The Black Gate: A Microcosm

From The CRPG Addict

Pride goeth before the fall.
Lord British wasn’t quite as bad as I suggested in the last entry, although I might have expected a warmer greeting (and an explanation) from someone I haven’t seen in 200 years. It occurs to me that Lord British and the Avatar aren’t really “friends,” as such, and come to think of it, he probably would prefer that I weren’t there. I mean, let’s look at the evidence. First–and this blew my mind when I realized it–Lord British has never actually summoned the Avatar to Britannia. When the Avatar comes in Ultima IV, it’s because moonstones and lore books were scattered throughout the multiverse in hopes that someone who could become the Avatar would find one. Lord British didn’t know that the person who became the Avatar, specifically, would find it.
Dupre, Iolo, and Shamino were responsible for the Avatar’s arrival in Ultima V, and they weren’t acting on Lord British’s orders because he’d been kidnapped. The gargoyles summoned the Avatar in Ultima VI to kill him. It’s not clear who opened the moongate in this game except that Lord British specifically denies doing it. Note, too, how quickly Lord British sends the Avatar back to Earth after each game. There’s absolutely no denouement–the Avatar gets shoved through a portal the very moment he completes the main quest.
The reason becomes clear when you think about it: The Avatar is a threat to Lord British’s own power. The Avatar is a spiritual figure who enjoys almost universal love, admiration, and recognition. He’s shown himself wise and courageous enough to save Britannia from destruction several times over. He’s built and re-built himself from Level 1 to Level 8 half a dozen times. He’s mastered the arts of war and magic. He knows everyone important in the kingdom. And by Lord British’s own standards, the Avatar the only person virtuous enough to bear his title. Would you want him around if you were a monarch?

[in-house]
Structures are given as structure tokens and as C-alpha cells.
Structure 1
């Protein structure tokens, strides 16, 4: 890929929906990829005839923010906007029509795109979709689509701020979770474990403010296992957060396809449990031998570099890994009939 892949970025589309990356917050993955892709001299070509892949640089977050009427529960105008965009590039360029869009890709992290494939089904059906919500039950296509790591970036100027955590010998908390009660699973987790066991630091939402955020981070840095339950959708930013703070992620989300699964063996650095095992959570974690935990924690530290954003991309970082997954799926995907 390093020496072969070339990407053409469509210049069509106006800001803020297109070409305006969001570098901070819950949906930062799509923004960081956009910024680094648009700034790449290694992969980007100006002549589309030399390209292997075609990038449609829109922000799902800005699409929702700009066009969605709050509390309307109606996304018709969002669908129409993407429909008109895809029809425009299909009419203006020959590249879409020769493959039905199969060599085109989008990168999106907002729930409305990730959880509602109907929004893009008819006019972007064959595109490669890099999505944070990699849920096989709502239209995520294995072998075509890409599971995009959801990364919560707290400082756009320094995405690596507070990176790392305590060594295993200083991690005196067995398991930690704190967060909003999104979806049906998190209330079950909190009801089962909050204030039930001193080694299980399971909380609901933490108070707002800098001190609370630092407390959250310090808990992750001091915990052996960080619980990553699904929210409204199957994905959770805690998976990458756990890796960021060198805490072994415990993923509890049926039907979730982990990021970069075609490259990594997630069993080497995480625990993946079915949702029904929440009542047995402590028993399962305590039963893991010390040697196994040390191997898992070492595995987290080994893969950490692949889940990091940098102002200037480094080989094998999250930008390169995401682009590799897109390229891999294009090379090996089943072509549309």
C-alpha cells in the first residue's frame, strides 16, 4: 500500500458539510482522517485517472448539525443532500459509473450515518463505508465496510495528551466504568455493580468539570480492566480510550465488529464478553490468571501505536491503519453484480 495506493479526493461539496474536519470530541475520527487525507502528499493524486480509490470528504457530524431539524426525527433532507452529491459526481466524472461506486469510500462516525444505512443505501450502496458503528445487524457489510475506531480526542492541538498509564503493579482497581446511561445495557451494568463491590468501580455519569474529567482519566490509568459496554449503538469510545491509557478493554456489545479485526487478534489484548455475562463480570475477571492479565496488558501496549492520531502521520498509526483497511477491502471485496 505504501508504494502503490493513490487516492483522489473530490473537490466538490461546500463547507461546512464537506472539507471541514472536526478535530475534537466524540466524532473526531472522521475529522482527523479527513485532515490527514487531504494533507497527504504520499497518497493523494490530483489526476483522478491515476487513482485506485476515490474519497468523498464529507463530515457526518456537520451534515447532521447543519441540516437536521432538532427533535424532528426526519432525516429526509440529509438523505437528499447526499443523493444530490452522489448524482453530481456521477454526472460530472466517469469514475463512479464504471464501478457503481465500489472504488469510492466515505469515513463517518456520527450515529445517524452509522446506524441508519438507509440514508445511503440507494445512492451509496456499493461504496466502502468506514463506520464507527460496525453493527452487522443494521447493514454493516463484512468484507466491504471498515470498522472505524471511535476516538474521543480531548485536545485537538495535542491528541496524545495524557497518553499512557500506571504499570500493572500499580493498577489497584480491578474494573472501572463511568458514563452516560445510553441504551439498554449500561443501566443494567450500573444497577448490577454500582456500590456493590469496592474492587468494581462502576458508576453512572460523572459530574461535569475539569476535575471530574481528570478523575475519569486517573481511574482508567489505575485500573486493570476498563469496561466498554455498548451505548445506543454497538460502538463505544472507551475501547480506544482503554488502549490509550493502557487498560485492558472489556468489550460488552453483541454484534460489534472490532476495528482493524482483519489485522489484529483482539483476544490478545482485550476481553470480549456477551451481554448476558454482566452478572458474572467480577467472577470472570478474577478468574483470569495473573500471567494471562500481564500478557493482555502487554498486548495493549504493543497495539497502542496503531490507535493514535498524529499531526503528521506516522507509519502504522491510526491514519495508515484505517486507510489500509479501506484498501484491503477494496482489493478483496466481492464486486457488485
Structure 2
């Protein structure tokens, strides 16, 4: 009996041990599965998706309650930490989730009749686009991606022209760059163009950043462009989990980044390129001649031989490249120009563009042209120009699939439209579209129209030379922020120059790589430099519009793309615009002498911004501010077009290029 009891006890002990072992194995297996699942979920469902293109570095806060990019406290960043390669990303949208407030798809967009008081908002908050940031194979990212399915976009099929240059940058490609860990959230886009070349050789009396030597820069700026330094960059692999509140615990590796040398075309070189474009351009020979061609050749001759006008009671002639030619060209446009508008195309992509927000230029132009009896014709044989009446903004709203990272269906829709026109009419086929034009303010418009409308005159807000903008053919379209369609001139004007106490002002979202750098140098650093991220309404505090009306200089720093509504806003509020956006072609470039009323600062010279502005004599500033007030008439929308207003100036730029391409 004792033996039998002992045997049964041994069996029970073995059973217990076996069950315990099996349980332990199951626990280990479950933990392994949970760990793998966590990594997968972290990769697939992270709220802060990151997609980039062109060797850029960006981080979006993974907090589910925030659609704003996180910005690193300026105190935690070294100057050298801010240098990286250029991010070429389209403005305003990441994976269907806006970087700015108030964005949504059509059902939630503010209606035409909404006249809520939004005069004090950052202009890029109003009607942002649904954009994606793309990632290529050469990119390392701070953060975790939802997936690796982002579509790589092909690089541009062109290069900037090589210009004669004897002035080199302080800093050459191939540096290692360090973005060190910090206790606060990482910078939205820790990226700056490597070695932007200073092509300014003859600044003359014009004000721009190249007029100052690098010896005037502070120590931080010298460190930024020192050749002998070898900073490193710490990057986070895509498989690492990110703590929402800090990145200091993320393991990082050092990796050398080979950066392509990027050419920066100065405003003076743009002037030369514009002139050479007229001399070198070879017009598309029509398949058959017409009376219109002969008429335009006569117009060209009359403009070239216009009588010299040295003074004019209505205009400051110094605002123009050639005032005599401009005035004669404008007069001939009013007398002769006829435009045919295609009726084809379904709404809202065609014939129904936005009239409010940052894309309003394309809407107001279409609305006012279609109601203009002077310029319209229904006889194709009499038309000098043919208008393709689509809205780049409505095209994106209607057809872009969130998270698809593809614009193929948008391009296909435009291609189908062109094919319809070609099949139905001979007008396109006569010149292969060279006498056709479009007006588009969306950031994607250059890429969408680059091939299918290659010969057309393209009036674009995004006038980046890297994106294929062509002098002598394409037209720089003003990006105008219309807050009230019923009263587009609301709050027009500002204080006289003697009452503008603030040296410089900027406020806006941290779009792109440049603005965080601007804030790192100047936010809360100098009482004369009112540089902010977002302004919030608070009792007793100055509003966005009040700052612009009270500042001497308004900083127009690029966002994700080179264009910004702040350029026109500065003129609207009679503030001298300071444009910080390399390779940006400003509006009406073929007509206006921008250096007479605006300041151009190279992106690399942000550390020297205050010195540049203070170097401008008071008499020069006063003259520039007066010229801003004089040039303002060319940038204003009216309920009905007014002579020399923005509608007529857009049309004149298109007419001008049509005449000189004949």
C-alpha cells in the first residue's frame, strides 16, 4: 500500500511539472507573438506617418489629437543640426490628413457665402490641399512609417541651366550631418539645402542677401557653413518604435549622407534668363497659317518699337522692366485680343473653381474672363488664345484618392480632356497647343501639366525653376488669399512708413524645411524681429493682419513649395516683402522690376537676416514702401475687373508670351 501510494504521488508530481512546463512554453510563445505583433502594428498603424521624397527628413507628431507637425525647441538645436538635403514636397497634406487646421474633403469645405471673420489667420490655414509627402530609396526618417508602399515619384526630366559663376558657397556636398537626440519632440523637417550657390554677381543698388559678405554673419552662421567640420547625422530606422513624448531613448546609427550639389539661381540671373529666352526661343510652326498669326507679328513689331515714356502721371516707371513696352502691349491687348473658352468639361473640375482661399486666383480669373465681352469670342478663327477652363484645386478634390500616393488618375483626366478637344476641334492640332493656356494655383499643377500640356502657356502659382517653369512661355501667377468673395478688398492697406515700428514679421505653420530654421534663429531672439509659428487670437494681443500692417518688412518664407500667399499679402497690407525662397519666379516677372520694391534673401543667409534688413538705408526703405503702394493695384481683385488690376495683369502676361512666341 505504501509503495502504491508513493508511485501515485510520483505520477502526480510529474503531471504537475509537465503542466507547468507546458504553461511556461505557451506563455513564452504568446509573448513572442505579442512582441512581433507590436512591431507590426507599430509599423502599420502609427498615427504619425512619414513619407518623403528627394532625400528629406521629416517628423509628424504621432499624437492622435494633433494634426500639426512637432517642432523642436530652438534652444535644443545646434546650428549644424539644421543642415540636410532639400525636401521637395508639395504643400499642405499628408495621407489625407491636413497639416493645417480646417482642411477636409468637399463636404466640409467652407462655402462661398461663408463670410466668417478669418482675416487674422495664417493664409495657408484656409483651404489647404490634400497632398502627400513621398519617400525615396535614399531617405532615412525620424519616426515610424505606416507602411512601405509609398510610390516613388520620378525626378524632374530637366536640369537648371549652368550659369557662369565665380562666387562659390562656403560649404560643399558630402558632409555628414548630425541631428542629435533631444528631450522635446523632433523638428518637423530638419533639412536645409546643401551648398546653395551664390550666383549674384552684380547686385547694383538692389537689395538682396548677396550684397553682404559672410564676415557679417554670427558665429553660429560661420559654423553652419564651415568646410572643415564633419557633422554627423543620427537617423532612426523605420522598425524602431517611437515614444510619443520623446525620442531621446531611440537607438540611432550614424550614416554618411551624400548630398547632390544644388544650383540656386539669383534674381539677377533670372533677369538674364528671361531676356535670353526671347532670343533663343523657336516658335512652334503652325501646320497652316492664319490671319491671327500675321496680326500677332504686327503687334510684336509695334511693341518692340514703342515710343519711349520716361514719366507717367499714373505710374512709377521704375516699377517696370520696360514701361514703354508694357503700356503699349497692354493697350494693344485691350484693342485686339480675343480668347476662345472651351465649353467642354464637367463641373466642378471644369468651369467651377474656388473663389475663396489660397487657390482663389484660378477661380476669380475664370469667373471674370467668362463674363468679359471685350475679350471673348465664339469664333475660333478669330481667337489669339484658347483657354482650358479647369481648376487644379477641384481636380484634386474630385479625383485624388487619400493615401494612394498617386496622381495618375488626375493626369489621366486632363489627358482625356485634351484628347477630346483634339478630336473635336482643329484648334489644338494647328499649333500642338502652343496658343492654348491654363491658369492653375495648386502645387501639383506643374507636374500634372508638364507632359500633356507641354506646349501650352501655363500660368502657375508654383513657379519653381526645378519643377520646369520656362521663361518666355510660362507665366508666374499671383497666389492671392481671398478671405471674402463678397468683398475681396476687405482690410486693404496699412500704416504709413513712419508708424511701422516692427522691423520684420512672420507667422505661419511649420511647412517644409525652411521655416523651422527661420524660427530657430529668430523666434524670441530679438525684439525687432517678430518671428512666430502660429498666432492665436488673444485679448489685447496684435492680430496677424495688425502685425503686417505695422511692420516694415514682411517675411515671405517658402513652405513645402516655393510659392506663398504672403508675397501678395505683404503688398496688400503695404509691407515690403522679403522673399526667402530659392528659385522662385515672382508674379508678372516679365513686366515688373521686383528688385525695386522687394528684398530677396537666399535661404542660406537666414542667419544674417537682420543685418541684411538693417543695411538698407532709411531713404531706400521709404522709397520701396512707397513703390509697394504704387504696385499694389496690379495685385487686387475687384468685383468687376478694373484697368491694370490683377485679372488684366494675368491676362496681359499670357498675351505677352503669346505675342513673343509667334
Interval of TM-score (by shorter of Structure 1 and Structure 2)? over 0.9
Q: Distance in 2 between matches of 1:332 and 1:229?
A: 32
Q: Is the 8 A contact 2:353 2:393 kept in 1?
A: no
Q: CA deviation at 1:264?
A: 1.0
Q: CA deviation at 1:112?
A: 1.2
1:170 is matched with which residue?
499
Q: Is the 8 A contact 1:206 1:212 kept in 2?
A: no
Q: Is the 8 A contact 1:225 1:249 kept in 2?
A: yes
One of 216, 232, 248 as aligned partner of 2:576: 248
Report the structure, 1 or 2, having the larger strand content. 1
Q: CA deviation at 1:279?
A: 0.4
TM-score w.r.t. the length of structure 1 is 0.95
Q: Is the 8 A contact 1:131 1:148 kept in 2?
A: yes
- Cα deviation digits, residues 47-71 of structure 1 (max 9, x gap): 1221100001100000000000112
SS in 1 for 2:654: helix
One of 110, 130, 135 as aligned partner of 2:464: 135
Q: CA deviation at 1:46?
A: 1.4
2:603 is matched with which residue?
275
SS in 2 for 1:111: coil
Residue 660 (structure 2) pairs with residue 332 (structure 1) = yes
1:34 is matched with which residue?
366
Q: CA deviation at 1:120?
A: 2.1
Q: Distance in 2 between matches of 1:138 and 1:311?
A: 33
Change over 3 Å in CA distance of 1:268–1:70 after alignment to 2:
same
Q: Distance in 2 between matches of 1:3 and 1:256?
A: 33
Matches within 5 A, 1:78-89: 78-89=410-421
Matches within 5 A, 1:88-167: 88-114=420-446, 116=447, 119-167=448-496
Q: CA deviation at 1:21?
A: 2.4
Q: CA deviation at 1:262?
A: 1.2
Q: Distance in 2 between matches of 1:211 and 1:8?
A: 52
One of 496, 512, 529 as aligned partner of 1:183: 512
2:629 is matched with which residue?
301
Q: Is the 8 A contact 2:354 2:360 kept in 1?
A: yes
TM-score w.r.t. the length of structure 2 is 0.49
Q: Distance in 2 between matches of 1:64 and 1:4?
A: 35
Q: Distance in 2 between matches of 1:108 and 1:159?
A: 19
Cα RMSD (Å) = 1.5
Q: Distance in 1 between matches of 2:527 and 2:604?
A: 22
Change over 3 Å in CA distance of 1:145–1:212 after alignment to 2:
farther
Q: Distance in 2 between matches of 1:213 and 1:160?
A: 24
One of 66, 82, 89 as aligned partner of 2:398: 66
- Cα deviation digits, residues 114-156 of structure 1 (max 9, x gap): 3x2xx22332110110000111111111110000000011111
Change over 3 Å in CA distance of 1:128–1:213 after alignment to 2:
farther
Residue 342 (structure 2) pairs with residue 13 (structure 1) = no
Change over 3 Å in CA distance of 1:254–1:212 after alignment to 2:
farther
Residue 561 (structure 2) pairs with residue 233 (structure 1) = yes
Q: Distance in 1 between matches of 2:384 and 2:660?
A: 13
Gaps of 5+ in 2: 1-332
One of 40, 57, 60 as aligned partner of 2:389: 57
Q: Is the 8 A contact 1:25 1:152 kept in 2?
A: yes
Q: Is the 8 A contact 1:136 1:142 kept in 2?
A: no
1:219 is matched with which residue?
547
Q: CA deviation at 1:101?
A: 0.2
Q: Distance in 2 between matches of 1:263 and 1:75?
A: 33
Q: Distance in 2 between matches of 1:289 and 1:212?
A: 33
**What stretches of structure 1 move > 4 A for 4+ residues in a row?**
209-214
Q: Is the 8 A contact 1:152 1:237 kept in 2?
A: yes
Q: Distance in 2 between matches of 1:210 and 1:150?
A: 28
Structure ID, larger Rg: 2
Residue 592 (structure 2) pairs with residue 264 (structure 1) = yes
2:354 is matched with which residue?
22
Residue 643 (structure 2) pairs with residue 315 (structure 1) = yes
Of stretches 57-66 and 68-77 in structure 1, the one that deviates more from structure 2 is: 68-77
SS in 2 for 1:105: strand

The conversation starts out well.
But he’s not dumb enough to recognize the Avatar’s utility, and he’s aware that a few things are clearly wrong. The most obvious concerns magic. It’s been going wonky lately. Spells don’t work. Mages, including his long advisor Nystul and Rudyom in Cove, are going insane. Rudyom had been studying something called “blackrock.”
Almost immediately, he wants to know if I brought my Orb of the Moons. I thought the backstory had me grabbing it, but it’s not in my possession, so I say no. This concerns Lord British. He worries that I’ll be trapped in Britannia. He gives me his Orb so I won’t have to stay, suggesting that it might work better for me because I’m freshly arrived.
“Feel free to try it right now.”
As we saw last time, Lord British is a bit naive about the Fellowship and Batlin, but he is aware that something is going on. In addition to the trouble with magic and the ominous rumbling, he says, “there is something wrong in Britannia.” He’s not sure exactly what, but: “Something is hanging over the heads of the Britannian people. They are unhappy. One can see it in their eyes. There is nothing that is unifying the population, since there has been peace for so long.” He wants me to go hang out with them and see what I can find out.
He is horrified to hear about the murder in Trinsic. He remembers a similar one from four years ago in Britain, and he suggests I talk with the mayor, Patterson, about it.
I ask him about the earthquake, and he’s 100% up-to-speed on that. He says that for some reason, the Isle of Fire where I defeated Exodus has recently risen from the ocean. He warns me to watch out for the remains of Exodus and to make use of the shrines of virtue that I might find there. “Shrines of virtue?” I reply, confused. Yes, he says. In addition to the shrines to each individual virtue that I visited repeatedly in Ultimas IV through VI, Lord British also had built three shrines to the three principles of virtue: truth, love, and courage. These were on the Isle of Fire when it sank.

You lose more credibility with every word you speak.

I’m not sure how much I buy this little retcon, which not only suggests that Lord British conceived of the Quest of the Avatar before Sosaria became Britannia, but that first three shrines he had built were coincidentally unneeded during the actual quest. He goes on to say that the shrines are “meant for the use of an Avatar only,” so not only had he planned the quest before building any of the other shrines, he was so sure that it would succeed that the first three he built presumed the quest would be completed. Uh-huh. Anyway, he gave me a deed to a shop, docked near Vesper (Vesper’s back!) if I wanted to visit the island.